What you should know about a herniated disc

Herniated disk

The term herniated disc sounds like a painful condition—and, unfortunately, it usually is. Our spine is made up of tiny individual bones (called vertebrae). Between each bone is a rubbery cushion (called a disc) that stops the bones from rubbing against one another. However, if one of the discs slips out of place or prolapses, it is known as a herniated disc. It can cause symptoms like pain, numbness, and weakness in the arms or legs1.

Here are a few things to know about herniated discs.

1- Most herniated discs occur in the lower back region and usually affects men more than women

In theory, a herniated disk can occur anywhere along your spinal column but the vast majority tend to originate in the lower back region (lumbar spine). Herniated discs are also more common in those aged between 30 and 50 and for reasons that still remain unknown, they affect twice as many men as women2.

2- Signs and symptoms of a herniated disc

The most common signs and symptoms of a herniated disk include1:

  • Arm or leg pain – If a herniated disk is in your lower back you’ll typically feel the most intense pain in your buttocks, thighs, and calf muscles. It may also involve part of the foot.
  • Numbness or tingling – People who have a herniated disk often experience numbness or tingling in the area of the affected nerves which is usually the lower legs.
  • Muscle Weakness – The muscles served by the affected nerves tend to weaken which can cause you to stumble or affect lower leg movements.
  • Pain that worsens at night

If you notice any of these symptoms, particularly numbness, tingling or weakness in the arms or legs then be sure to see your doctor right away. An untreated, severe slipped disk can lead to permanent nerve damage.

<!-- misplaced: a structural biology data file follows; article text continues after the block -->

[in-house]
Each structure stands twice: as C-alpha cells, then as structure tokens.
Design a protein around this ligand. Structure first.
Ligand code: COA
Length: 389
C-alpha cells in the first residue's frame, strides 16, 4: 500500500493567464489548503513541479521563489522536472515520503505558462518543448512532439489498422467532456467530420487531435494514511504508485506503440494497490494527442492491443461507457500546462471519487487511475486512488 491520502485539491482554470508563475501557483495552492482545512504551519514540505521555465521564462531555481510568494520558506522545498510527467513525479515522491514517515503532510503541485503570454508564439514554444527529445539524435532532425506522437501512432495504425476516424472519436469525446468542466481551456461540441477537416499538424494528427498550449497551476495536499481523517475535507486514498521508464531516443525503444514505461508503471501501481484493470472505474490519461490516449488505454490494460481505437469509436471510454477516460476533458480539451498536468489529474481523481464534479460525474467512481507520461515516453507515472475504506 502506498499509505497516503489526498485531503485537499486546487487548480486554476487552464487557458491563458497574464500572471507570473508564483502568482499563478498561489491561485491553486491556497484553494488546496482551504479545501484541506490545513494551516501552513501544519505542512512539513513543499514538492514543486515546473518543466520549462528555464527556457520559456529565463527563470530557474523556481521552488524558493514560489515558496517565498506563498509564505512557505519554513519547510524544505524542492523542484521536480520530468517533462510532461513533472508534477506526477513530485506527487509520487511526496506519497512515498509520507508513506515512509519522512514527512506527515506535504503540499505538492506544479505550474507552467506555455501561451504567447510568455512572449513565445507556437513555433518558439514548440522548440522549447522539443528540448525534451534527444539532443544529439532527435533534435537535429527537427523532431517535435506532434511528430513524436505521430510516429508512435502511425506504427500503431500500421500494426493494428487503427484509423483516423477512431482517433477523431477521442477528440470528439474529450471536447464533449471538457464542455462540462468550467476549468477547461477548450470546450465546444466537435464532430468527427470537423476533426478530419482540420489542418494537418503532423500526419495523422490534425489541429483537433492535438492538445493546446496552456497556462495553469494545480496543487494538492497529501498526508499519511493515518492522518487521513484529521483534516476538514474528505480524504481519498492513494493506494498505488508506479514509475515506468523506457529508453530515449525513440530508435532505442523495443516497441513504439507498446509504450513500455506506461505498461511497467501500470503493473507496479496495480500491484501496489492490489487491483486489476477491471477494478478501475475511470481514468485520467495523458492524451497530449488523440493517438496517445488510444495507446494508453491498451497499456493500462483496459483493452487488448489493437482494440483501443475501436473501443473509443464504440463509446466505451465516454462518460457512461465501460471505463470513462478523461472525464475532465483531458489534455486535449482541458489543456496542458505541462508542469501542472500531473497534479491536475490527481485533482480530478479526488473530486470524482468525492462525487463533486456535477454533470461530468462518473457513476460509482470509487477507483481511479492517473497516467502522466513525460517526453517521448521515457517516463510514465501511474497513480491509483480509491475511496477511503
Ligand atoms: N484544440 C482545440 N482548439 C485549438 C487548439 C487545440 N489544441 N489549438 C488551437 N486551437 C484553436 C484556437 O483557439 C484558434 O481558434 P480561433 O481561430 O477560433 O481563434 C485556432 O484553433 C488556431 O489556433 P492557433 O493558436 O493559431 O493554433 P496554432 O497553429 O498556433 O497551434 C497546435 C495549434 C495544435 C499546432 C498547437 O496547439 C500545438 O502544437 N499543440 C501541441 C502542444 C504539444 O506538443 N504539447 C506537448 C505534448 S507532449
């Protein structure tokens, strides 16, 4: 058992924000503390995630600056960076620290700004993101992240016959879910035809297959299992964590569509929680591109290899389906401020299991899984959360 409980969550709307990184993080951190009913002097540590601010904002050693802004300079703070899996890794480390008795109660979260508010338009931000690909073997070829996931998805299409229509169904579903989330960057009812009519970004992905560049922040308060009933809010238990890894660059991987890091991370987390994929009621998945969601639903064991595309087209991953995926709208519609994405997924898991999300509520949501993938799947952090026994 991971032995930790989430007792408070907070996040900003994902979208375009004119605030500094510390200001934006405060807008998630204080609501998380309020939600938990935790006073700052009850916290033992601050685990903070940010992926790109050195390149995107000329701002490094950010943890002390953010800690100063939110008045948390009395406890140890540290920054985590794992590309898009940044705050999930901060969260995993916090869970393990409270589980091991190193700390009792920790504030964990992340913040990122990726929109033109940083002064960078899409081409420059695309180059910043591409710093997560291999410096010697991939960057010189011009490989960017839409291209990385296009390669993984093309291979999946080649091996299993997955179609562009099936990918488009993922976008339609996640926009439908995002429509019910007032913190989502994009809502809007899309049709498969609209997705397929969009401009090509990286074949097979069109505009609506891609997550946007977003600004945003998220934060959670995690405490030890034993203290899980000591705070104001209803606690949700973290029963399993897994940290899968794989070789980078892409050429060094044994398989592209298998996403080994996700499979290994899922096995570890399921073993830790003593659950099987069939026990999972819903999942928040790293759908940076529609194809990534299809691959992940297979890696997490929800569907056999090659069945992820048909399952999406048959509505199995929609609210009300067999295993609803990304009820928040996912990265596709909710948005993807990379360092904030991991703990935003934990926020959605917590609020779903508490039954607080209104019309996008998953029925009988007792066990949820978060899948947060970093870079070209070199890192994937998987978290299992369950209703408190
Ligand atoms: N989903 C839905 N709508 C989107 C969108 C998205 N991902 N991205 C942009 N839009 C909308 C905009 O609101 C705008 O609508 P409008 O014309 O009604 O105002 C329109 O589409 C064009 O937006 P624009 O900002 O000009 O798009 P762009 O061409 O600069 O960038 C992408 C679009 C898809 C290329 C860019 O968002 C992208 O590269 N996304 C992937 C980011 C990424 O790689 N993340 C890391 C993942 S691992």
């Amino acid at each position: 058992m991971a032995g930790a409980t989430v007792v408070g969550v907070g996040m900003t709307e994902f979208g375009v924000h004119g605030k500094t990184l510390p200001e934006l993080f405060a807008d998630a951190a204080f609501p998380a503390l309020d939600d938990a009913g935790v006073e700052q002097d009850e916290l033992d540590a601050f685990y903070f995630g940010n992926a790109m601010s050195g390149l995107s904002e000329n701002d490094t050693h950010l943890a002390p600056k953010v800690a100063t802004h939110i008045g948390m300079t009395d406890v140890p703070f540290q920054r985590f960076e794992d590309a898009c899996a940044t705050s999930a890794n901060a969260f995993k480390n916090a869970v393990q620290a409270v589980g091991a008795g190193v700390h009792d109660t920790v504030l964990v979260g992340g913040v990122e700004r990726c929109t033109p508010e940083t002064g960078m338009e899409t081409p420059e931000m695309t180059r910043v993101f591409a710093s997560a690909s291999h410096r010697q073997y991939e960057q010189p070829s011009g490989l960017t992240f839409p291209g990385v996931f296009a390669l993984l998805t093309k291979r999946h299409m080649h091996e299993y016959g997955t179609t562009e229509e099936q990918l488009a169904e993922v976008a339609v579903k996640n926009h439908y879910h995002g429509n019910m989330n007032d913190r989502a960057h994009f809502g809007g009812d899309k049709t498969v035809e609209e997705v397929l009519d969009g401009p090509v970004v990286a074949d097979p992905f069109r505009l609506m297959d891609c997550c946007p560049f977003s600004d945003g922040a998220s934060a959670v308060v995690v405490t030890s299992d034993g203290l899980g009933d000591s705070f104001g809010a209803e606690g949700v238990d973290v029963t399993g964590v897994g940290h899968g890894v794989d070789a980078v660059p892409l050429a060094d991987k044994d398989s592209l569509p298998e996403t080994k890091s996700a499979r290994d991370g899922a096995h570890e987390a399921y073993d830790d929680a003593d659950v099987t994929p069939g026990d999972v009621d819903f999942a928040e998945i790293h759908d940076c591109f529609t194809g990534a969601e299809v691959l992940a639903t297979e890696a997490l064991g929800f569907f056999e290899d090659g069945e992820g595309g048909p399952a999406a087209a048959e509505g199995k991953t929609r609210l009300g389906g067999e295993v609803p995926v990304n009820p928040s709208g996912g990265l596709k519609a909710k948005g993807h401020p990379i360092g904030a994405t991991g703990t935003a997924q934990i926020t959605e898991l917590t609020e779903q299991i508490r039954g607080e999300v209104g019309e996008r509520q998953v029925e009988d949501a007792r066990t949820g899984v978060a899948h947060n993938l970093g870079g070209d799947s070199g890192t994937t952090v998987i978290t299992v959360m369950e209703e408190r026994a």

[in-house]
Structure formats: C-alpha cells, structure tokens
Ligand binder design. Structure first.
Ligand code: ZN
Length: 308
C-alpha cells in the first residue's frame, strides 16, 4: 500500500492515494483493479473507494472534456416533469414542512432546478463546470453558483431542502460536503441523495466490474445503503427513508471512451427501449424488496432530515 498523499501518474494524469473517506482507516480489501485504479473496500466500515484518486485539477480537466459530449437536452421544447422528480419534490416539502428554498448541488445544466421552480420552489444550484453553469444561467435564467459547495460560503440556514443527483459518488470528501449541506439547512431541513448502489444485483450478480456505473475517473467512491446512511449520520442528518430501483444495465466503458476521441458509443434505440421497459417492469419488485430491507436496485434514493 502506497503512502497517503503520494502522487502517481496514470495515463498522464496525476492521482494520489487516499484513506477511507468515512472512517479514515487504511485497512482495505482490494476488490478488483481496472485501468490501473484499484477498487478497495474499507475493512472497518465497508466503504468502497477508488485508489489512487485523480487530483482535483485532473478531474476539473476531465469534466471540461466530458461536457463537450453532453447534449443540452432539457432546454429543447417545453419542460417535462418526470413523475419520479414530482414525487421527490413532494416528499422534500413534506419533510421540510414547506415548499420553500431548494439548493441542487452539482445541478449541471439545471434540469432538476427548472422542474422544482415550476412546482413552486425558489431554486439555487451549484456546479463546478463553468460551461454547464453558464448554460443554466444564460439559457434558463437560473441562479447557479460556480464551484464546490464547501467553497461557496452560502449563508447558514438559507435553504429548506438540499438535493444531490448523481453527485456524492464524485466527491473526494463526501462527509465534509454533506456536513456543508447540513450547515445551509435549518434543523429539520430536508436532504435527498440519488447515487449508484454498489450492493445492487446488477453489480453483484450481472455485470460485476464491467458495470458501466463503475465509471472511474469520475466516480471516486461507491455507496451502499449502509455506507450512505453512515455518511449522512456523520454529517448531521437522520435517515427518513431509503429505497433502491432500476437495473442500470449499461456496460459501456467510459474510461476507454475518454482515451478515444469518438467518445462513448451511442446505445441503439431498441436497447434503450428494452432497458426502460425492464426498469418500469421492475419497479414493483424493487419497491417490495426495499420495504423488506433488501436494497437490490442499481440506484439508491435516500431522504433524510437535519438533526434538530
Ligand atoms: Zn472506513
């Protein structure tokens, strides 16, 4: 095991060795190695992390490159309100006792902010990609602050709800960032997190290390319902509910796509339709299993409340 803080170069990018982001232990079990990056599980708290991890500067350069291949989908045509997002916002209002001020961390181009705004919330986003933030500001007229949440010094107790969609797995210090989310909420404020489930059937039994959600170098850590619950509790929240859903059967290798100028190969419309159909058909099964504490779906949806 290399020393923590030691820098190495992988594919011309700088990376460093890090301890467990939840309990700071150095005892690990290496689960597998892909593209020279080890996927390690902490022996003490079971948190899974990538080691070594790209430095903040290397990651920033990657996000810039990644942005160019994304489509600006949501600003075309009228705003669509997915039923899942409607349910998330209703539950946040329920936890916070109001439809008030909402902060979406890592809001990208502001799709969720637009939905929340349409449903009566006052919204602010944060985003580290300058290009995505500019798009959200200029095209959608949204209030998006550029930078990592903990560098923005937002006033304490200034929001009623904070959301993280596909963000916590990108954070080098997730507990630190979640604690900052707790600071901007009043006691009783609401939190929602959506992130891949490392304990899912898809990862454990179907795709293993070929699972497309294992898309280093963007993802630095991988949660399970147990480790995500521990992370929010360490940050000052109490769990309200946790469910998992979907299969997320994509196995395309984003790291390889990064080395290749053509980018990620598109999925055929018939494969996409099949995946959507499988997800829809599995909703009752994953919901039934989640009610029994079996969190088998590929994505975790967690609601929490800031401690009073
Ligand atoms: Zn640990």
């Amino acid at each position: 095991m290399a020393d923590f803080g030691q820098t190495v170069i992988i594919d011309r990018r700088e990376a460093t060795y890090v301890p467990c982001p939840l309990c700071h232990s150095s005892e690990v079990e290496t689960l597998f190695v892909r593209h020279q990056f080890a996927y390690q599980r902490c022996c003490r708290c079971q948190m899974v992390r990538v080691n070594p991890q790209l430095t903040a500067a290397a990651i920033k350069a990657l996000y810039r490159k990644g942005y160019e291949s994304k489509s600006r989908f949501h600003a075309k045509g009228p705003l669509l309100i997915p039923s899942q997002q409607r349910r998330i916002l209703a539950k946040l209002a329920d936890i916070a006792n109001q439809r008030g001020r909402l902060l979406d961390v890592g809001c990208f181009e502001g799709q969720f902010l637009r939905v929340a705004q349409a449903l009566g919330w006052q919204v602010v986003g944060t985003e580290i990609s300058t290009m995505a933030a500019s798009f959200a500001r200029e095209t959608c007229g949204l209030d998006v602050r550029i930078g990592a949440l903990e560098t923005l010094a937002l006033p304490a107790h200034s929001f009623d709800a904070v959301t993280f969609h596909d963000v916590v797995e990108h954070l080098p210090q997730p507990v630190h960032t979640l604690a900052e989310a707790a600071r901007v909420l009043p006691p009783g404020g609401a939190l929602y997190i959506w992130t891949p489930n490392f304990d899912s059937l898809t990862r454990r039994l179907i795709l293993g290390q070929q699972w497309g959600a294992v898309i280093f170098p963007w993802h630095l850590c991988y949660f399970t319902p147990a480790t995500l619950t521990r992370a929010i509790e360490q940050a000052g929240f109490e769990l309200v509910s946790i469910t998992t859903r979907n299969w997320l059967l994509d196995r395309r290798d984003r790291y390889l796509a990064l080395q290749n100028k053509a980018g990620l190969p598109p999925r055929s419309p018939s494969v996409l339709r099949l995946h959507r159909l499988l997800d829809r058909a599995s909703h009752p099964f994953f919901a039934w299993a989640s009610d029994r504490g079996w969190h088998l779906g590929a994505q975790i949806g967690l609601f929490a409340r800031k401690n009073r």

3- What causes a herniated disc

A disk herniation is most often the result of gradual, age-related wear and tear (also called disk degeneration)1. As we age, our spinal discs lose some of their water content which makes them less flexible and more susceptible to tearing, rupture, or damage. Even a minor strain or twist can cause a disc herniation. That’s why it’s important to see your doctor as soon as possible if you notice any symptoms above.

4- Tips to prevent a herniated disc before it happens

As with all the joints in our body, we can take preventative steps to keep our spinal joints healthy. Exercises that strengthen the back, stretching, diets that are rich in vitamin D and calcium and maintaining a healthy weight are all things you can do to keep your spinal column healthy. Nothing is 100% guaranteed to stop a disc herniation from occurring but following these simple steps will go a long way toward reducing the chances of it happening.

5- A herniated disc usually isn’t treated with surgery

The good news is that the majority of herniated discs do not need surgery. Most cases can be managed with regular exercise programs, physiotherapy, massage, and/or medication. A slipped disc will usually shrink back away from the nerve and the pain will ease as the disc stops pressing on the affected nerve.

In rare cases, surgery may be required to release a compressed nerve or if the pain doesn’t settle down over time.

Remember, it’s extremely important to keep active if you have a slipped disc. Moving may be difficult to start with, but after resting for a couple of days get up and keep active.




1- Mayo Clinic. Herniated Disc. https://www.mayoclinic.org/diseases-conditions/herniated-disk/symptoms-causes/syc-20354095

2- NHS Choices. Slipped disc. Page last reviewed: 13/10/2016. https://www.nhs.uk/conditions/slipped-disc/

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